Earlier this summer, my wife and I visited the Flight 93 National Memorial in western Pennsylvania, about 70 miles southeast of Pittsburgh. United Flight 93, of course, was one of the four hijacked airlines that terrorists wanted to use strike highly populated buildings of great symbolic importance to America. In Flight 93’s case, the target is believed to have been the U.S. Capitol, some 130 miles or so away.
Fortunately, Flight 93, out of Newark, was 25 minutes late taking off. Because of this delay, passengers were able to learn, while in the air, that other planes had been hijacked and used to attack buildings.
Passengers, therefore, saw through the terrorists’ claim that they wanted to land the plane, as was the standard practice in hijackings. Accordingly, some passengers tried to wrest control of the plane from the terrorists. As we all know, they were unable to accomplish this. However, their action caused the plane to crash in an empty field in Pennsylvania — now the site of the memorial — instead of (presumably) the Capitol building.
Flight 93 was about 20 minutes from Washington when it crashed. Would our military have been able to down it before it hit its intended target?
The guides at the Memorial suggested that, more likely than not, the military would not have succeeded. There was too much confusion and not enough time. Here is a detailed timeline of the events of 9/11.
For me, the great significance of Flight 93 resides in the fact that, even while the terrorists were firing their opening shots, with no warning under conditions that maximized the likelihood of their complete success, America began its fight-back and denied the terrorists their complete success. Moreover, America did this not through military action, but through the action of random Americans who found themselves on an airline flight.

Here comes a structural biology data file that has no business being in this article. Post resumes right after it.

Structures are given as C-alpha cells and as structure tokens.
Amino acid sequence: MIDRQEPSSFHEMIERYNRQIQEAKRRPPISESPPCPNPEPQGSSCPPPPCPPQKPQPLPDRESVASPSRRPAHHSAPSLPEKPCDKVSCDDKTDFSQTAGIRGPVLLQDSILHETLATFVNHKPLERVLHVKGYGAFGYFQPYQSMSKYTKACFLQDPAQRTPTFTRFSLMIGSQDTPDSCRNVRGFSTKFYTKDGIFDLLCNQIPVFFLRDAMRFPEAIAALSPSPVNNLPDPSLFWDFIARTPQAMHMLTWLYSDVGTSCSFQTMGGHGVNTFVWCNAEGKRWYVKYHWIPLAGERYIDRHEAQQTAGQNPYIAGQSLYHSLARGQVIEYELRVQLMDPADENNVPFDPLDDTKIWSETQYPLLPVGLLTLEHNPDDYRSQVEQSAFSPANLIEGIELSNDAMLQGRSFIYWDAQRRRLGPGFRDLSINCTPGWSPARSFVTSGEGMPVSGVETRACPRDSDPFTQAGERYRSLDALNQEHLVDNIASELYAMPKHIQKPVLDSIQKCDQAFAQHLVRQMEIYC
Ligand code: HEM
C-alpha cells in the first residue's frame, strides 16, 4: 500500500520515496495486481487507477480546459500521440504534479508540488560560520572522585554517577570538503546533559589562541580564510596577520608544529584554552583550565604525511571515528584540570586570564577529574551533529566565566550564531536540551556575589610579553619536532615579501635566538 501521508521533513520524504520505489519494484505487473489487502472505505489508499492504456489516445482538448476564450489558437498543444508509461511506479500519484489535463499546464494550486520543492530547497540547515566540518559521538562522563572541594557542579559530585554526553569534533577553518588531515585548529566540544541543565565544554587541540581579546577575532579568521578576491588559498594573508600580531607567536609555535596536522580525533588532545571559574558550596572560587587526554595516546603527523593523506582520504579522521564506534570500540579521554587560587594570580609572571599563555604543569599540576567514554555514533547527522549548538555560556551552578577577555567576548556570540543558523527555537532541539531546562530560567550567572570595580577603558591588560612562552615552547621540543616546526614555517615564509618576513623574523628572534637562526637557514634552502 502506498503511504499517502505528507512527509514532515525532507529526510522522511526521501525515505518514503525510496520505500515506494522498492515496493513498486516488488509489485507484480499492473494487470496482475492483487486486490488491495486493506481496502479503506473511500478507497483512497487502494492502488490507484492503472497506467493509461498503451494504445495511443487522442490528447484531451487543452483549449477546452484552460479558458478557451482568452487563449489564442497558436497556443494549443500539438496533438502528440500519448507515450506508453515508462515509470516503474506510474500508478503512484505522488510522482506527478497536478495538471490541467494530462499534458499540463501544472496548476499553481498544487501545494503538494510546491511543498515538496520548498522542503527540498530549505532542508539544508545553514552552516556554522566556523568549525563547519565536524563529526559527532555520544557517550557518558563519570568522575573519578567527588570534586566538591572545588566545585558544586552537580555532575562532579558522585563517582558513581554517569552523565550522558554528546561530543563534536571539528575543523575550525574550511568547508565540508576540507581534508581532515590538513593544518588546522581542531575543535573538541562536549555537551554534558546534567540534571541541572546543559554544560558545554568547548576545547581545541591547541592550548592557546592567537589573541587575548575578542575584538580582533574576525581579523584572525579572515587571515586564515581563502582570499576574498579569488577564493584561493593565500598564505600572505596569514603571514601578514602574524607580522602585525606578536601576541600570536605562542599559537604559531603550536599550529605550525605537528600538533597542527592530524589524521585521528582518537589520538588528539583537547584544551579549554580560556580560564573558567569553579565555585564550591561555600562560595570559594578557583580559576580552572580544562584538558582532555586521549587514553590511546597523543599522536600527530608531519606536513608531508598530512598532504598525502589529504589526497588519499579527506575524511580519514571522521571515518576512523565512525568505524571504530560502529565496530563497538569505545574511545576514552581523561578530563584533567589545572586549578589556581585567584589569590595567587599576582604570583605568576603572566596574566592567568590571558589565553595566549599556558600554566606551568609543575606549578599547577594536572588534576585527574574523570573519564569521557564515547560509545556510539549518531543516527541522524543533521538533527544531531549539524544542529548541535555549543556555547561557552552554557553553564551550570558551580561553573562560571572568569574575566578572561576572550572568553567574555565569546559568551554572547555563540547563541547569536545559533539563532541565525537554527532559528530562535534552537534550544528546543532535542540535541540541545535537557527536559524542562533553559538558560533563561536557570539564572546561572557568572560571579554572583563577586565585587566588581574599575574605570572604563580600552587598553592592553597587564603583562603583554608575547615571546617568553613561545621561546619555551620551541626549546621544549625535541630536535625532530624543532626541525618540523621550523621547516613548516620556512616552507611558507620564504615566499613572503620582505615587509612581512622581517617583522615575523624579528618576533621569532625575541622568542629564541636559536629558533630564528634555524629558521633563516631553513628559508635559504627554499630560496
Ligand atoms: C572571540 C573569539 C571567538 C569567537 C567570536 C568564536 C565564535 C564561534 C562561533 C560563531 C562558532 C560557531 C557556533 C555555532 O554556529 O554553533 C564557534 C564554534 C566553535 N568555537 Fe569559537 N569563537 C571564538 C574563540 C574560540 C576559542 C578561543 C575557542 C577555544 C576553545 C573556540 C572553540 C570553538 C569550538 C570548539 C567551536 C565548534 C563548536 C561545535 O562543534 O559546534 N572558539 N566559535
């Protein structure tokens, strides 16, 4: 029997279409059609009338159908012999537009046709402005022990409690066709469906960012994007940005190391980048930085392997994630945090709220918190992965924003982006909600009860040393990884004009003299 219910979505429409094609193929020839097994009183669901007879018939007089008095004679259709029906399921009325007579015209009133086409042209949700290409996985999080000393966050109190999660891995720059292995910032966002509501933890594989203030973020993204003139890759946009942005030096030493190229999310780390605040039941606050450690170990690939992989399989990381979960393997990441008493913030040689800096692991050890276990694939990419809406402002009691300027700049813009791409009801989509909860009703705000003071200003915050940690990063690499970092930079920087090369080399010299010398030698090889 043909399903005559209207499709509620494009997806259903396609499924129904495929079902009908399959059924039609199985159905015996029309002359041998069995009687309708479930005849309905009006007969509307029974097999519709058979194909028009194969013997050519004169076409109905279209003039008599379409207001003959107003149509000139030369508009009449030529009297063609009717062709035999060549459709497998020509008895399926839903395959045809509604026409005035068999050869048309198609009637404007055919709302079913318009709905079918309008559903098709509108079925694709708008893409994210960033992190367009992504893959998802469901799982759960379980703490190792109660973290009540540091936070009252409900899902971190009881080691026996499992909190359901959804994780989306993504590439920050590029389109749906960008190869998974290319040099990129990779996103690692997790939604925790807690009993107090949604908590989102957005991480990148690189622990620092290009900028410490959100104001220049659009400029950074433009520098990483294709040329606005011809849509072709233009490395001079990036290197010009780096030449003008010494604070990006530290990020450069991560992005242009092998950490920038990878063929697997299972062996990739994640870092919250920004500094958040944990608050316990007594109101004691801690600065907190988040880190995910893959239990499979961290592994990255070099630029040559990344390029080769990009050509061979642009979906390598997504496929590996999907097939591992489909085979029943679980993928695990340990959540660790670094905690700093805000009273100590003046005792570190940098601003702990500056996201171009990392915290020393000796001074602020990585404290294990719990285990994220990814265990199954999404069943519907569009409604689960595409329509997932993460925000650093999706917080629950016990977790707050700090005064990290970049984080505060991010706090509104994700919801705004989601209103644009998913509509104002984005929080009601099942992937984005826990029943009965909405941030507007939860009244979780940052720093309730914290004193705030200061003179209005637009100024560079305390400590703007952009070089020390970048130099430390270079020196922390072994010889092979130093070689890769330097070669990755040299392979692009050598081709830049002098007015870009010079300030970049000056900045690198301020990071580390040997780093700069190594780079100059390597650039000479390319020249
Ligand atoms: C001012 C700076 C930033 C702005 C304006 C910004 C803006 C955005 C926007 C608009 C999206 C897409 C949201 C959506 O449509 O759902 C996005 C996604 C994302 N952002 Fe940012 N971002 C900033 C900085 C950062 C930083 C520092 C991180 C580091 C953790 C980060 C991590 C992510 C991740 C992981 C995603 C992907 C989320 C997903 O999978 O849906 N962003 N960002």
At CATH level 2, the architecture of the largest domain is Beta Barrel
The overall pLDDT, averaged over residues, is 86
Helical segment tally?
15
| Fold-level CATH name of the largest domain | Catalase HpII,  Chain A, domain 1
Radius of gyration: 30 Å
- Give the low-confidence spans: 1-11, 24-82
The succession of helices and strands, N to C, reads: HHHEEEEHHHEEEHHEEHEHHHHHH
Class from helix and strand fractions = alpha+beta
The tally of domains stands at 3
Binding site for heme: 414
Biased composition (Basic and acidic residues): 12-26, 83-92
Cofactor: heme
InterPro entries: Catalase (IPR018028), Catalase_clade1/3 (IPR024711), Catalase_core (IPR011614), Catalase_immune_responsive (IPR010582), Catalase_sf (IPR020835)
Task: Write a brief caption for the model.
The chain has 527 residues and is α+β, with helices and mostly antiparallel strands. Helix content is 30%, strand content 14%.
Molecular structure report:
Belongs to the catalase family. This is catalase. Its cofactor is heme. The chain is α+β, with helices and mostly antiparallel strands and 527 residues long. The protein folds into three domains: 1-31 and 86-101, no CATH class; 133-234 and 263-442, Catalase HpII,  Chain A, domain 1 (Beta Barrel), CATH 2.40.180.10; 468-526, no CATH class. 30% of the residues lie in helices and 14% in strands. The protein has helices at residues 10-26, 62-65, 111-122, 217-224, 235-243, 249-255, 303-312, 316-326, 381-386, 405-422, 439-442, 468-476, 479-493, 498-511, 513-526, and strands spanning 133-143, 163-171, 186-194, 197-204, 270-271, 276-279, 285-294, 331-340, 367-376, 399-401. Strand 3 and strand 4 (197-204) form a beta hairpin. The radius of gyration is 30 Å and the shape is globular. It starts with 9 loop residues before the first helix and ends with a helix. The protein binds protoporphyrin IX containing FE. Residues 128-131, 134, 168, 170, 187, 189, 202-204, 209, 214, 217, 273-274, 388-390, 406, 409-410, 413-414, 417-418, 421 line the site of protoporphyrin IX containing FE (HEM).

As for the Memorial, it is a work in progress. Construction is ongoing. Even so, our visit was worthwhile. We learned plenty, got a true feel for the seclusion of the area, and paid our respects to the passengers and crew (about 40 people).
We may well return in a few years — perhaps on a 9/11 — when work has been completed.
JOHN adds: As a frequent business traveler–I have logged somewhere between one and two million miles on commercial airlines–Flight 93 has always been the most resonant of September 11 stories. We frequent fliers can easily imagine ourselves in the position where those Americans unexpectedly found themselves; it is not so easy to imagine responding as heroically as they did in the face of certain death. If anyone deserves a memorial befitting heroes, it is the passengers of Flight 93.